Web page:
The release advertised Mason's two Nobel Prize winning faculty members; the biggest grant in university history, recently awarded by the National Institutes of Health; and ongoing construction of research facilities and dorms at an institution where only about 5,000 of the 30,000 students live on campus.
Andrew Flagel, the dean of admissions and enrollment development at George Mason, has in recent days been quoted in publications in states where many people probably haven't heard of the university, such as South Dakota and Kentucky. "Nothing at an institution can dominate the media the way athletics can," Flagel said. "If you have a story to tell, it gives you an opportunity."
In his interviews Flagel has been emphasizing things like George Mason's proximity to Washington. "If I didn't get to talk about things like our Ph.D. program in bioinformatics, or our dance program, which is one of the best in the country, then all the interest wouldn't help." Flagel said he has no idea exactly where this "magic carpet ride" -- as Connecticut's basketball coach, Jim Calhoun, called George Mason's run through the tournament -- will take the institution. But, Flagel said, "the phones are ringing off the hook" with calls from students, parents and guidance counselors.
One thing that all the experts agreed on is that, because Mason has not made any particular resource push to ramp up its athletic program program, as university officials noted, it really has nothing to lose from a winning streak. "There might be problems at some other universities where athletes are not really academically prepared," said James F. Sanford, an associate psychology professor and chair of faculty matters on George Mason's Faculty Senate Executive Committee. "But we're not a football factory." In fact, Mason doesn't even have a football team.
Richard A. Hesel, co-founder of the Art & Science Group, a higher education marketing and consulting firm, said that George Mason, which hasn't had a lot of success building national awareness, should benefit from the exposure if its officials keep pegging the publicity to their academic developments.
In some cases, Hesel said, athletics success can create "healthy skepticism" among prospective students regarding an institution's academic seriousness. When the Art & Science Group polled 500 high school seniors, only 10-15 percent of them said that intercollegiate athletics was a factor in their choice of college.
In some cases, Hesel said, institutions "distort their priorities," and spend money to bolster athletics because they think that a rising athletic tide will lift all of an institution's ships. But spending directed toward athletics often comes at the expense of other priorities, Hesel said, because they usually "just don't have the resources." Because Mason officials say they made no stretch, "this is just a happy occasion for them," Hesel said.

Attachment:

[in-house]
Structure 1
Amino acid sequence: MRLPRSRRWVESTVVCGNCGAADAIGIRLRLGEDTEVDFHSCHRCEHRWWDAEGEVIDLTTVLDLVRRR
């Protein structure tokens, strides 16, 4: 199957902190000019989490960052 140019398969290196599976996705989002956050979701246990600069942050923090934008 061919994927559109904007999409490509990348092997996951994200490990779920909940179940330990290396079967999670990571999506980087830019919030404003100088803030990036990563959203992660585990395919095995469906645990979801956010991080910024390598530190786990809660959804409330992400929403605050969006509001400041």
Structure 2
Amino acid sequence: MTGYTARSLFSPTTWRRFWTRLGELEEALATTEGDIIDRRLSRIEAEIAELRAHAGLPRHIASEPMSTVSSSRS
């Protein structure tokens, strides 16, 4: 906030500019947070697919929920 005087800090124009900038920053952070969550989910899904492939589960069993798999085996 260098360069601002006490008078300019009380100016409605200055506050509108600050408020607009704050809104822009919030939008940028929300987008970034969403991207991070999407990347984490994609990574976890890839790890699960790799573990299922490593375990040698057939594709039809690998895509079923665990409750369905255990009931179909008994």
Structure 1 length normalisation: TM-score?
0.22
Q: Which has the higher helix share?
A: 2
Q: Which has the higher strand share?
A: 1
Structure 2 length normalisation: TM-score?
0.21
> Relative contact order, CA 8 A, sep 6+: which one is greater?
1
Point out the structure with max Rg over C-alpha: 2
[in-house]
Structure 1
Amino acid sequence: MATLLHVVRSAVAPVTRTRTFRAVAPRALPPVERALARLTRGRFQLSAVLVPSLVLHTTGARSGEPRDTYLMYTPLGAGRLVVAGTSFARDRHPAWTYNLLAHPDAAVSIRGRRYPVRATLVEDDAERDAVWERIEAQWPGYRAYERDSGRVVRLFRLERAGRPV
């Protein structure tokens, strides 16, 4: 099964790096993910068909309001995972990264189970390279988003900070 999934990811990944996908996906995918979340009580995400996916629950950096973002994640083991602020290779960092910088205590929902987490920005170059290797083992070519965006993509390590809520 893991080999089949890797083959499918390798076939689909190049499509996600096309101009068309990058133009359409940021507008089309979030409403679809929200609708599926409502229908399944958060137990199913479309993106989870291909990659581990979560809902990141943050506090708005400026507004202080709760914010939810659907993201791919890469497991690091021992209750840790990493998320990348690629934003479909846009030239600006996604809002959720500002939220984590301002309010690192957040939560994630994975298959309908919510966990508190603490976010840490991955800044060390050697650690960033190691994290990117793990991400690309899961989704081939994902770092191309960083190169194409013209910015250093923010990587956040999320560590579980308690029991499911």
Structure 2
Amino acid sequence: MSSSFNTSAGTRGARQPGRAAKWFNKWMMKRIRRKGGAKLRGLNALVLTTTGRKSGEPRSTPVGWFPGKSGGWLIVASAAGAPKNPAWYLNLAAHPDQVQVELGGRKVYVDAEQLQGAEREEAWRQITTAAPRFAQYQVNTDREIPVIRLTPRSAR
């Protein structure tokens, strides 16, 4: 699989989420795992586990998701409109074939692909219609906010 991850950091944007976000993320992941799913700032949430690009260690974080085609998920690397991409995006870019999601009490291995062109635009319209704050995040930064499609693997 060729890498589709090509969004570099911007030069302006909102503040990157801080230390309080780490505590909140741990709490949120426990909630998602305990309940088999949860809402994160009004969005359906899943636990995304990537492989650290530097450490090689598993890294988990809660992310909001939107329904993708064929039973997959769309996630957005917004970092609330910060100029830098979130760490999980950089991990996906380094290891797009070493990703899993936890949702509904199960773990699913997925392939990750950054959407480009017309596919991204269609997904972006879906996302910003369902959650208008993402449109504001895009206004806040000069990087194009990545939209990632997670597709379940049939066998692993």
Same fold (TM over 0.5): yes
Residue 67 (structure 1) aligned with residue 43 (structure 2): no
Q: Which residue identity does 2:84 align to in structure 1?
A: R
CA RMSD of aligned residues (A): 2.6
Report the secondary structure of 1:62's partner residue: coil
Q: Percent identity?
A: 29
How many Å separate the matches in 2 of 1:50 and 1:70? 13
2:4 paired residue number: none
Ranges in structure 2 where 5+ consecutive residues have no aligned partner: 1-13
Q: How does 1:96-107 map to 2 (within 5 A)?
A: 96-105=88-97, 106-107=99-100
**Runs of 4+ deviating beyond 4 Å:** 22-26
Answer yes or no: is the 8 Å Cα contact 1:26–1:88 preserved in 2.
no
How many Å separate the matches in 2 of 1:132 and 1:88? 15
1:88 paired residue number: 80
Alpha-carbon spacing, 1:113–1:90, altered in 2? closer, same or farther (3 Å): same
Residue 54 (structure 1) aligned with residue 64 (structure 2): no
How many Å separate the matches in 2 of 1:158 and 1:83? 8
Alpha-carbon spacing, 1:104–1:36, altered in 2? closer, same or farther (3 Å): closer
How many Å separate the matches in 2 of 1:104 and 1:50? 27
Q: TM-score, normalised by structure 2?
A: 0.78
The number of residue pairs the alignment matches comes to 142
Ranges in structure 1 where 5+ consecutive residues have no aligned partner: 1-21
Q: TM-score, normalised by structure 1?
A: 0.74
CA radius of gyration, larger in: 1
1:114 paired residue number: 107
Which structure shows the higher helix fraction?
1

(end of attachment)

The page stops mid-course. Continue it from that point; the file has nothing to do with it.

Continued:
As a sign of George Mason's magic ride this spring, it has managed to turn even a potential taint into positive publicity. Tony Skinn, a George Mason basketball player, lost his temper and punched an opposing player in the last game of the Colonial Athletic Association tournament. Jim Larranaga, Mason's coach, suspended Skinn for the first NCAA tourney game, which Mason was expected to lose. Todd Zywicki, a George Mason law professor and season ticket holder, posted a comment on the law blog Volokh Conspiracy suggesting that the big win was karma for Larranaga "being willing to do the right thing with Tony Skinn." In an interview, Zywicki said that the winning streak has generated "a sense of unity" and identity at an institution "often described as a suburban commuter school."
Toma said that sustained participation and success in big time sports is one piece in a big puzzle that can generate loyalty for an institution, but that he doesn't think one good year for the George Mason basketball team will have a huge long term effect. George Mason officials aren't planning any sort of protracted athletics drive, but they seem content to at least let students and others on the campus bask in the glory for now.
Yesterday, George Mason's provost, Peter Stearns, sent an e-mail to faculty members saying that "lots of our undergraduates had an exciting time yesterday in response to the basketball victory. Without in any way wishing to distort our priorities, I write to urge a bit of leniency in response to any absences from undergraduate classes today."